Congregation plans expansion of St. Paul's Methodist Church

May 17, 1994|By Mary Gail Hare | Mary Gail Hare,Sun Staff Writer

Well into its second century, the building shows its age, but the spirit of St. Paul's United Methodist Church has lost none of its vitality.

The congregation of the church, a fixture on Sykesville's Main Street since 1889, is still growing and plans a $600,000 expansion and restoration.

The facade, replicated in wooden miniature churches the congregation is selling for $12.50 as part of its fund-raising efforts, will not change. The interior of the church will undergo extensive renovations.

"Our foundation wall is collapsing, parts of the roof are caving in, and we have to check folklore before we can locate some wiring," the Rev. Roland "Bud" Brown said with a laugh.

The pastor said new wiring might put a stop to "bizarre electrical events" -- such as when the electric organ started playing by itself five minutes into a service.

The state of the building, which holds about 150 people, does not deter worshipers. Each Sunday draws an average of 175 people, many of whom spill over into space on the side of the sanctuary.

"There is an overflow of 20 to 30 people every week," Mr. Brown said. "The overflow area is a poor place to worship, with horrible acoustics."

When the altar is moved to the back wall, which faces Church Street, the seating capacity will expand to 250.

This will be the second time the church has moved its altar. The original sanctuary, at the church's Main Street entrance, was relocated during the church's last major remodeling project 60 years ago, Mr. Brown said.

Steps will be eliminated from the sprawling first floor, which now contains offices, a nursery and the church hall on multiple levels. Although most worshipers will have to climb stairs to reach the main church, the remodeling includes an elevator to help the elderly and disabled.

Mr. Brown, 46, takes no credit for the increase in attendance since he arrived seven years ago.

"The secret of church growth is to put the church where they are building the houses and invite everyone in," he said. "The people of St. Paul's are the reason why it has grown."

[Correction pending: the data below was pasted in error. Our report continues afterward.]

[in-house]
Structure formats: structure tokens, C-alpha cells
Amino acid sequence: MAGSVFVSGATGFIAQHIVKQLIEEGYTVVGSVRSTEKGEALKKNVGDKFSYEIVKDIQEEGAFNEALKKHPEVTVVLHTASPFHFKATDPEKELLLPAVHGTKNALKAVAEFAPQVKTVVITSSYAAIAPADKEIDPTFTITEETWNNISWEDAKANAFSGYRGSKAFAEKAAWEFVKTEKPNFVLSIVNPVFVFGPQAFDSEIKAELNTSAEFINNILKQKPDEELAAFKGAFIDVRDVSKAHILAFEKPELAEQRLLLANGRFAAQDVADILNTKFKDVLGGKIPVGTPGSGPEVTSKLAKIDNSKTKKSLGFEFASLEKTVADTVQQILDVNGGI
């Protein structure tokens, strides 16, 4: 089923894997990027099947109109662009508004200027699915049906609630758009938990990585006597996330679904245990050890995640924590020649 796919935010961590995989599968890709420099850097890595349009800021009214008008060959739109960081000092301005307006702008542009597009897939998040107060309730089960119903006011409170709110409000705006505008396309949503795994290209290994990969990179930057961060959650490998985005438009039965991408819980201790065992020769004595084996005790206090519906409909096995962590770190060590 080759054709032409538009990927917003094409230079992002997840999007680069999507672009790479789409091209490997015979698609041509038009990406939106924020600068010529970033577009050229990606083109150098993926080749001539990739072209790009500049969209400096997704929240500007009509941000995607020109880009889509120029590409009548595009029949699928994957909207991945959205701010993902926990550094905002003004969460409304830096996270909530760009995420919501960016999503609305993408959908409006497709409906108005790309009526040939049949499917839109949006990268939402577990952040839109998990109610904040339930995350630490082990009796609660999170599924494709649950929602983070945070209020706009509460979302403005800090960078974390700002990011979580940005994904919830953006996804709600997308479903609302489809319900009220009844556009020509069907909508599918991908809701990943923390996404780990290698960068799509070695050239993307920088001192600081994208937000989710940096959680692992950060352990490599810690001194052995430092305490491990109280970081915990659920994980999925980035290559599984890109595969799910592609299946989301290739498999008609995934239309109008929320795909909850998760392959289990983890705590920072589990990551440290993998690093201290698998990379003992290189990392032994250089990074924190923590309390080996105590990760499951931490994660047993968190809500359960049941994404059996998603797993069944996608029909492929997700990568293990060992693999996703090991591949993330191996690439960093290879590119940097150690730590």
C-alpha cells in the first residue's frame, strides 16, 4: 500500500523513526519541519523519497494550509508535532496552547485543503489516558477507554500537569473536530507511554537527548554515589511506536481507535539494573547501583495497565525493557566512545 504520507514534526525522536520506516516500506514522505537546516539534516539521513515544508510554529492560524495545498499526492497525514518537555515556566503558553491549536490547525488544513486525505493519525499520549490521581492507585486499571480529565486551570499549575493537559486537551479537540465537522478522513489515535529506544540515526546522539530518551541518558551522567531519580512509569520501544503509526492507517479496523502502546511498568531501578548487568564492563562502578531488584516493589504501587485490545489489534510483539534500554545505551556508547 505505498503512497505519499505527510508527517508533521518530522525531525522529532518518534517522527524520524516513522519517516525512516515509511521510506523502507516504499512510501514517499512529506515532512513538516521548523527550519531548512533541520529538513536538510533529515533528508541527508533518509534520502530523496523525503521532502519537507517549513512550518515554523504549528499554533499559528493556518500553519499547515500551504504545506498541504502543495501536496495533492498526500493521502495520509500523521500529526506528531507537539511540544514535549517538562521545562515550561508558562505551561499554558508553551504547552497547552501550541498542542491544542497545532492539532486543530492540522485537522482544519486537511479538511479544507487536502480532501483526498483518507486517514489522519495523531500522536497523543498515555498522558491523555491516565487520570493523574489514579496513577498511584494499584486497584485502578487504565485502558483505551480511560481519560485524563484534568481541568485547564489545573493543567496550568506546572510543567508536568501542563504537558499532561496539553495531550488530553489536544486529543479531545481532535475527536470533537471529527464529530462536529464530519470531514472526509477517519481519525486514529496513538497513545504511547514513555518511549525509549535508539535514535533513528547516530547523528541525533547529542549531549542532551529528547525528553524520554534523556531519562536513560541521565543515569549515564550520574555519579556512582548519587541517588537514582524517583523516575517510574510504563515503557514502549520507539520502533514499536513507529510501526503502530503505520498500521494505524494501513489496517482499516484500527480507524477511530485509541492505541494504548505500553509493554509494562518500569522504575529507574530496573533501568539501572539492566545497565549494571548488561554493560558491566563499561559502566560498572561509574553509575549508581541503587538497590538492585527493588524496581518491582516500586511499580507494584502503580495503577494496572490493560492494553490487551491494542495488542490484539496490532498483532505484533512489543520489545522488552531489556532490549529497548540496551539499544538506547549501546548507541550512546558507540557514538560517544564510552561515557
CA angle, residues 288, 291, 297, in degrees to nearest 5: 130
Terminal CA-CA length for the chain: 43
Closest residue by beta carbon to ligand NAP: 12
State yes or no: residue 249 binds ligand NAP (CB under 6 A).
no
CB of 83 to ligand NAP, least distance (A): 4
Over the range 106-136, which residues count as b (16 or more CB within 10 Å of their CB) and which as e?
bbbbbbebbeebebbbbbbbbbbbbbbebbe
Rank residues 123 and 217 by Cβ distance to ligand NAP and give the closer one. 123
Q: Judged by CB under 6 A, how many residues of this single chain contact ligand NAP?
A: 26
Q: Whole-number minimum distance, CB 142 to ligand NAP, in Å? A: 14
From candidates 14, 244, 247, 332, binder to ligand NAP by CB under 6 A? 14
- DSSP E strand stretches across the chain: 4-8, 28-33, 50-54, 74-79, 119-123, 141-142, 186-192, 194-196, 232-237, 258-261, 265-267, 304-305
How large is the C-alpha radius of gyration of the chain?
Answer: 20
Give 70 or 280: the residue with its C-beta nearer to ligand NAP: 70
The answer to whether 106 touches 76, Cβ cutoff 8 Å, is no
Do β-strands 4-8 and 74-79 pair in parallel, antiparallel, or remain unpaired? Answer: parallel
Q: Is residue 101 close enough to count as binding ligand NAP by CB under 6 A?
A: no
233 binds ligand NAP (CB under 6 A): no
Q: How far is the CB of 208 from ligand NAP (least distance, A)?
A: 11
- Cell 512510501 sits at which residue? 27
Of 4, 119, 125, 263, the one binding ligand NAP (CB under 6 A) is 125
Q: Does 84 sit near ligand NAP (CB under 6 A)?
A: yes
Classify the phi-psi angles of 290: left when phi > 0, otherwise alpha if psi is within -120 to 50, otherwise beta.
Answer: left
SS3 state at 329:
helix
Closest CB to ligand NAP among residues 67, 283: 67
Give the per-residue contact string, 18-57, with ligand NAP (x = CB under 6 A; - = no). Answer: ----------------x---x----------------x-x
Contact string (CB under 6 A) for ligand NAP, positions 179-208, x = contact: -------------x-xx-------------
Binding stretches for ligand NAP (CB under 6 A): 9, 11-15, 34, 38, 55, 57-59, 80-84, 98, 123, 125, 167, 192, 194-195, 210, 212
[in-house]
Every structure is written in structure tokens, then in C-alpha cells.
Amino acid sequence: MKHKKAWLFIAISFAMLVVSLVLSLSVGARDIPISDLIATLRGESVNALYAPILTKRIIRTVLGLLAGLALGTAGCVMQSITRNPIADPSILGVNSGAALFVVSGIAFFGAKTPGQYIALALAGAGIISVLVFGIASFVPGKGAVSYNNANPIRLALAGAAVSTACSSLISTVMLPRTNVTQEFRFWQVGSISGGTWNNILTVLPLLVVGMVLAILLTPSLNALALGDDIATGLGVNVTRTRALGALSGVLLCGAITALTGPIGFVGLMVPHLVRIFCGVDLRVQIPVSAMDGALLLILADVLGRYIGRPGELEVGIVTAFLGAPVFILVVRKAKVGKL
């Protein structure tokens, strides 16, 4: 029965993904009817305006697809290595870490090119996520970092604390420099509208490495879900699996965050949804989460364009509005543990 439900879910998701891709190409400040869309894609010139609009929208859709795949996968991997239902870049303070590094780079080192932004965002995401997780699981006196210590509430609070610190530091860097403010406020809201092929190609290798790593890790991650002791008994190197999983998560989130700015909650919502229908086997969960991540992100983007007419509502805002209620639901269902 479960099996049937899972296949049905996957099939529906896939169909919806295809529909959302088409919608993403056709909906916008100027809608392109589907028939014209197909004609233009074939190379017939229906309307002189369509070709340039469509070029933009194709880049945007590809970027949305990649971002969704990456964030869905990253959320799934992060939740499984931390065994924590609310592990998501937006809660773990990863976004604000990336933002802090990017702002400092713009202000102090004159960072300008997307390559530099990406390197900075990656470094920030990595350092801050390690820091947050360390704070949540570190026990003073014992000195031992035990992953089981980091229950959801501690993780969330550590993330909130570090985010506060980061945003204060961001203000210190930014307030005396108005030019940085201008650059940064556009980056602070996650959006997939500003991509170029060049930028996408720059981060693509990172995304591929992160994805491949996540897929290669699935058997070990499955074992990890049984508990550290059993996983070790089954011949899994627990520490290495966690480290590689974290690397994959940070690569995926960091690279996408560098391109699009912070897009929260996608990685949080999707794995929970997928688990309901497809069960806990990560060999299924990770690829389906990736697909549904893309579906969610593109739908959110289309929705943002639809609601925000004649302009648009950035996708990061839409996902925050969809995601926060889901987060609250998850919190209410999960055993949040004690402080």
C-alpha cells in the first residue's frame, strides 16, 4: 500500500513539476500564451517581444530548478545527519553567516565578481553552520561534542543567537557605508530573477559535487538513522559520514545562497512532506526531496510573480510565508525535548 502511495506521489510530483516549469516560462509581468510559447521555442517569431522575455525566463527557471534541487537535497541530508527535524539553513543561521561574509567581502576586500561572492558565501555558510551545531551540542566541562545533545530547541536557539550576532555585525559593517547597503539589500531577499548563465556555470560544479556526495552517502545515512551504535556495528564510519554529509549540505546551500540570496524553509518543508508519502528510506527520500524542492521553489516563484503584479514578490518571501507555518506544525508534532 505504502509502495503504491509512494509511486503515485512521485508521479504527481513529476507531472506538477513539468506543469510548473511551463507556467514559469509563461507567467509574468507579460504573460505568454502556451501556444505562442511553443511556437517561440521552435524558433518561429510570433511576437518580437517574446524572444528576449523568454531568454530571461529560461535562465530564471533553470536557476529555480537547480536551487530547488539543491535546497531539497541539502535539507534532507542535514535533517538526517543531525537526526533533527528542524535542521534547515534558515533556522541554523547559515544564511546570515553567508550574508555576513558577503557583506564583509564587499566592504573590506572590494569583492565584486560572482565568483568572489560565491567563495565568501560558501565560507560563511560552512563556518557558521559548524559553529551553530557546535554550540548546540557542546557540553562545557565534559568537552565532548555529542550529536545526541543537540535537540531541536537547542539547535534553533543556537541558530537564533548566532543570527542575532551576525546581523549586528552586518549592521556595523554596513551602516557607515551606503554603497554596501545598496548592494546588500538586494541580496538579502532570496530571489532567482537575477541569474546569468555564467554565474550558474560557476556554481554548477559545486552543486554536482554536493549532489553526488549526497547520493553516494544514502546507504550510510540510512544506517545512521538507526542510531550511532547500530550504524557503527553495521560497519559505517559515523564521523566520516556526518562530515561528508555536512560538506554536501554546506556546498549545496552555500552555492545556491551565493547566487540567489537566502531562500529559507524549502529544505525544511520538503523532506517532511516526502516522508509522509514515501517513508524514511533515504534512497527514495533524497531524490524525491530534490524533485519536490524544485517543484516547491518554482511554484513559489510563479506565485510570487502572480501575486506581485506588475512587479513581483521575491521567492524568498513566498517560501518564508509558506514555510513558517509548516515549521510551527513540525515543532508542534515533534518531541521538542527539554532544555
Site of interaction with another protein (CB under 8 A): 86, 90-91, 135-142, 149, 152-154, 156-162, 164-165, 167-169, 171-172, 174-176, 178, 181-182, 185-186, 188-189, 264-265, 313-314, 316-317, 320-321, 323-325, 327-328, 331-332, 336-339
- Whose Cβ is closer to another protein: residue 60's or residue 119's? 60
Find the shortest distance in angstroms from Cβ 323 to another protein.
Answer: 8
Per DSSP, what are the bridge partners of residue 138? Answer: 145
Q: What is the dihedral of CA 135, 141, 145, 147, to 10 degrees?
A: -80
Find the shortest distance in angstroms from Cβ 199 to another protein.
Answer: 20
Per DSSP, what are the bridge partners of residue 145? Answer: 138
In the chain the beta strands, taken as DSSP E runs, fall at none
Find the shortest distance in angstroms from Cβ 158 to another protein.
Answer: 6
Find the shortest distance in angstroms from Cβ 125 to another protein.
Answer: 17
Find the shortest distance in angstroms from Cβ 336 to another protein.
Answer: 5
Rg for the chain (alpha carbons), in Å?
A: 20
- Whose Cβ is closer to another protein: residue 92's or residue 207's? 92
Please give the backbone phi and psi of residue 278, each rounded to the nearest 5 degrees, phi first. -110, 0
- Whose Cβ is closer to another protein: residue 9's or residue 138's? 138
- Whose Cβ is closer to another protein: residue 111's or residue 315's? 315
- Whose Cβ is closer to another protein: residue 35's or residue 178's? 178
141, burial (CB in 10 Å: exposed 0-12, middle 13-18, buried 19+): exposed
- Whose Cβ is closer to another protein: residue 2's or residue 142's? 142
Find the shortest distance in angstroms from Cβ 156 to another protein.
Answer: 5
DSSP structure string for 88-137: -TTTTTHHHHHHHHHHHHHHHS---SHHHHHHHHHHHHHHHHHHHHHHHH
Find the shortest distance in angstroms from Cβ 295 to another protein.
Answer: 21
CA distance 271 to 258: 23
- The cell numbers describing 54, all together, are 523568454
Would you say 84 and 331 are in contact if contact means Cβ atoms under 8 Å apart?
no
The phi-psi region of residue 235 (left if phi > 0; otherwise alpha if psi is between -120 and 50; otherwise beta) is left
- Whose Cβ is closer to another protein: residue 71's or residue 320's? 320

They have raised more than half of the $600,000 needed for the proposed renovation. Work can begin as soon as plans win approval from county agencies, church leaders and the congregation.

The first decision the building committee faced was whether the church should move from its "land-locked" location where little expansion room exists.

"We decided it was overwhelmingly important to stay where we are," Mr. Brown said. "Our history is intrinsically linked to Sykesville. We are a vital part of the town."

Plans call for upgrading the electrical and mechanical systems, installing the elevator and handicap-accessible bathrooms, and giving a pitch to the flat, leaky roof.

The architects, Centura Associates of Chambersburg, Pa., have recommended no changes to the front of the building.

"We wanted to preserve as much of the facade as we can," said Mr. Brown, who added that all the stained glass windows, memorials and murals also will be preserved.

Posters with drawings of the renovated building and the logo -- "Remembering our past. Anticipating our future." -- are everywhere in the adjacent classrooms and meeting areas, which church and community organizations use every day and night of the week.

Mr. Brown said he is not surprised that his congregation has pledged $295,000 for the project -- including $2,500 raised by 13 teen-age members of the Youth Group. That money and $100,000 raised previously will allow them to move forward with the project.

"The people here love God and this church," he said. "They want to make sure it is here for future generations."

During the eight-month remodeling, which could begin this fall, St. Paul's may change service times and ask to borrow worship (( space from its sister churches.

Today, Mr. Brown will meet with the United Methodist District Committee, which reviews plans and approves proposed funding. Once he has the committee's approval, he will take the proposal to his congregation. He anticipates full support.

"Everyone is really excited about leaving a heritage into the next century," he said.

Baltimore Sun Articles
Please note the green-lined linked article text has been applied commercially without any involvement from our newsroom editors, reporters or any other editorial staff.